Landscape With Invisible Hand paints an off-putting, unpredictable alien invasion picture that any fan of strange, thoughtful science fiction should seek out.
Have you ever been really looking forward to a movie, only to not know it was coming out until the actual day it came out? Sadly, I had that happen with Cory Finley’s third feature film, Landscape With Invisible Hand. Finley’s first two movies, 2018’s Thoroughbreds and 2020’s Bad Education, have made him one of my favorite new directors, and when I heard he was adapting a science-fiction book about aliens occupying the planet, I was instantly sold. But sadly, there’s been very little attention given to the film, so much so that I kept forgetting the release date. Which is a shame, because it’s definitely one of the best, most memorable films of the year.
Based on a book of the same name by M. T. Anderson, Landscape With Invisible Hand takes place in the near future after an alien race landed on Earth and, through “benevolent” means, have essentially taken it over. They’ve promised to share their advanced technology to make the world better, but they’ve rendered many jobs and institutions obsolete as a result. Financially struggling high school couple Adam (Asante Blackk) and Chloe (Kylie Rogers) realize they can document their relationship for the asexual aliens’ entertainment, making money for themselves and Adam’s mother Beth (Tiffany Haddish). But the constant surveillance strains their relationship, and things become complicated after the aliens become displeased with the broadcast.
When I say “things become complicated,” I’m deliberately being as vague as possible, because that is not all there is to this film. Every time you think you know where Landscape With Invisible Hand is going, it keeps shifting its gears and piling on the bizarreness that comes with each new development. Sure, the romantic broadcast is the focus for a decent chunk of the first act. But when that grows sour, the way out of the mess leads to an even stranger scenario that gets progressively more awkward … and then that goes down an even weirder route for a bit, only to result in an entirely new thread that comes to a head in the finale.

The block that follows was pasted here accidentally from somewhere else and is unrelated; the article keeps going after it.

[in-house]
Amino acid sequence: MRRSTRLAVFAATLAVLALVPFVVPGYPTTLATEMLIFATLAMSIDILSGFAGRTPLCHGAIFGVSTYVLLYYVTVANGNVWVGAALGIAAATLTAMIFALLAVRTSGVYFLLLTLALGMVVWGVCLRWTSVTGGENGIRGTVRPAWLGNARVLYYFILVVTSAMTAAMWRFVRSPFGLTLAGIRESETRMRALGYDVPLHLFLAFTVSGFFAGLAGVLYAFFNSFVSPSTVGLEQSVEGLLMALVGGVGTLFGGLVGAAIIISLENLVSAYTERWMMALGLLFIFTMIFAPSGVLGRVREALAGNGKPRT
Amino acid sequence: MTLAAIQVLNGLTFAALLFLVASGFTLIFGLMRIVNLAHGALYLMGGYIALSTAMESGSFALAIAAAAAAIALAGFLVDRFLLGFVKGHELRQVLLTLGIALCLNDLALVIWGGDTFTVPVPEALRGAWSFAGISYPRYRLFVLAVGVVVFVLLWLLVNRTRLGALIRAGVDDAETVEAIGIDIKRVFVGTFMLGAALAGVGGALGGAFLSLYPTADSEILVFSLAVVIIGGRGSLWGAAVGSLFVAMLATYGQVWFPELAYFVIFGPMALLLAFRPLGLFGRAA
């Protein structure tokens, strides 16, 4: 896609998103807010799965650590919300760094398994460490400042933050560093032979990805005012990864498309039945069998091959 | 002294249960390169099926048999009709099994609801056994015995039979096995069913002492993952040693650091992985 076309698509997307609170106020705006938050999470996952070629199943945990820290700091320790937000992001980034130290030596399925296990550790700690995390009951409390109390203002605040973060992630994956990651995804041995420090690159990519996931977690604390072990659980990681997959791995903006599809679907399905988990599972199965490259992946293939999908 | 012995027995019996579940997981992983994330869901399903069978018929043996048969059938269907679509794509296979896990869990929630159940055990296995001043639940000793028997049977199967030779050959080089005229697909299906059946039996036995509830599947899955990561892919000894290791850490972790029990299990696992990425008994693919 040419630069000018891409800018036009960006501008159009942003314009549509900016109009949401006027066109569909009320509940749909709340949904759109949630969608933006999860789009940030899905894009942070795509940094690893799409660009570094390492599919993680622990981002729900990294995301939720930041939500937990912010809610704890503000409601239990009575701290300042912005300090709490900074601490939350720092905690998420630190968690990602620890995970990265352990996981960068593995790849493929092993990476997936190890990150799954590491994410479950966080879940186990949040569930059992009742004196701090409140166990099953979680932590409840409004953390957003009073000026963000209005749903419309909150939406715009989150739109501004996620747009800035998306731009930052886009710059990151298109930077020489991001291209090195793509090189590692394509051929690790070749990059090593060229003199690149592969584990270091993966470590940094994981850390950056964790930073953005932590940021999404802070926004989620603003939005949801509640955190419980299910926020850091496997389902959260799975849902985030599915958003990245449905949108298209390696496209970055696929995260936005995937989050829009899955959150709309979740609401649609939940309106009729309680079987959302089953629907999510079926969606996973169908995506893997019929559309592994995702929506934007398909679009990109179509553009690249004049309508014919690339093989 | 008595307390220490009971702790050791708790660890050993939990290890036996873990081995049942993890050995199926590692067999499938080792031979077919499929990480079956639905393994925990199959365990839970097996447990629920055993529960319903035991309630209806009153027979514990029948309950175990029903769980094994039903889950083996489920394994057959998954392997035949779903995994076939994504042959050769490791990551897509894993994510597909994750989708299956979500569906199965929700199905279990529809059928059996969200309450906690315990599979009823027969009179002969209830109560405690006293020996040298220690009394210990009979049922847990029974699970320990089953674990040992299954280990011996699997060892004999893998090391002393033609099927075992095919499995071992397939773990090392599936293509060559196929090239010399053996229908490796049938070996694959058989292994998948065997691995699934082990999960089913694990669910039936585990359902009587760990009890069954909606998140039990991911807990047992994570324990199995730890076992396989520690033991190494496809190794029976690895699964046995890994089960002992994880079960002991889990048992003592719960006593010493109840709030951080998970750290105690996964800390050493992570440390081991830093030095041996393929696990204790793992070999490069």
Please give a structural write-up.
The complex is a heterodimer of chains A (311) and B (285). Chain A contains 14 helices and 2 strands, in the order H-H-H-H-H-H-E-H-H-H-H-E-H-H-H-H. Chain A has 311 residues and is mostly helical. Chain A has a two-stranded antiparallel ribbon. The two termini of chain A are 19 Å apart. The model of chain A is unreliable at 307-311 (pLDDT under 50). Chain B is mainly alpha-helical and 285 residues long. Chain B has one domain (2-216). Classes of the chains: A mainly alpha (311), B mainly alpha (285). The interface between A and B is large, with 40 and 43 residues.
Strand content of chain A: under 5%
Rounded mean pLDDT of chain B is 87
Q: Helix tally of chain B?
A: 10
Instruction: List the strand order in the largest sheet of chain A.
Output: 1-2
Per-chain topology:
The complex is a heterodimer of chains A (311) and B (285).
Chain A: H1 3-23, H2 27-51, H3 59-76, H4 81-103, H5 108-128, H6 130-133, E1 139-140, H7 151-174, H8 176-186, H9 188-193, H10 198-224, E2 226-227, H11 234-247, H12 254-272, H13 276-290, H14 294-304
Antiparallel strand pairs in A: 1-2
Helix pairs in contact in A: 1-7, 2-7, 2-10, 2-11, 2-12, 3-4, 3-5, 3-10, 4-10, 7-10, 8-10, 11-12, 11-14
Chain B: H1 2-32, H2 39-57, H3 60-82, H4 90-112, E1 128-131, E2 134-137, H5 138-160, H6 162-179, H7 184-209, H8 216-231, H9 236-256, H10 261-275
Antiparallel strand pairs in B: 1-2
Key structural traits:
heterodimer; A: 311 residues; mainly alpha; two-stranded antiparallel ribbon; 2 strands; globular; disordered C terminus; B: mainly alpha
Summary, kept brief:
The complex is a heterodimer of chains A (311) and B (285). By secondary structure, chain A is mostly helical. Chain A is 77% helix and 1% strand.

In a sense, I can see this constant fluctuation of plot focus being seen as a negative. Landscape With Invisible Hand seems to become a bit of a different story with every act that takes on a different area of the main family’s life. But that, for me, is part of what makes the film so intriguing. It’s a very unpredictable movie, and it lets you know early that you should prepare to go to strange places. I don’t mean to some extreme, shocking degree like Beau is Afraid, where Joaquin Phoenix’s dad turns out to literally be a total dick. It’s more of an awkward, unsettling type of strange, where you’re constantly on edge from the sensation that the situation could reach those greater extremes.
It’s never completely clear just how peaceful the aliens in Landscape With Invisible Hand are. They’re essentially our new overlords, but they reached that status peacefully. They seem fascinated by us instead of annoyed or bitter, but they clearly have the power to do something terrible if they wanted to. They don’t have any strong emotions, which means they probably won’t grow resentful or vengeful, but that also means they don’t have any empathy over their harmful actions. Their design is the perfect blend of silly and just off-putting enough to make it creepy when one of them gets confrontational. Just the image of an alien sitting comfortably on a couch in Adam’s home with the mindset that it owns the place is enough to generate nervous snickers. They also look like they have ass cheeks on their faces, so that was … someone’s choice.
But what’s really unnerving about these aliens is the impact they’ve had on the planet. All of their advanced technologies and means of distribution have instantly created a huge cultural and economic shift on the planet. The food humans eat is artificially created, to the point where it’s considered a big event to get “real” food (so it’s basically McDonald’s). A lot of people are put out of work because their skills are no longer required, and even a lot of school curricula is being replaced by the teachings of the alien race. The world isn’t anywhere close to some sort of apocalypse, but it’s slowly turning into a more desolate and unfamiliar place in which humanity as a whole can no longer truly thrive.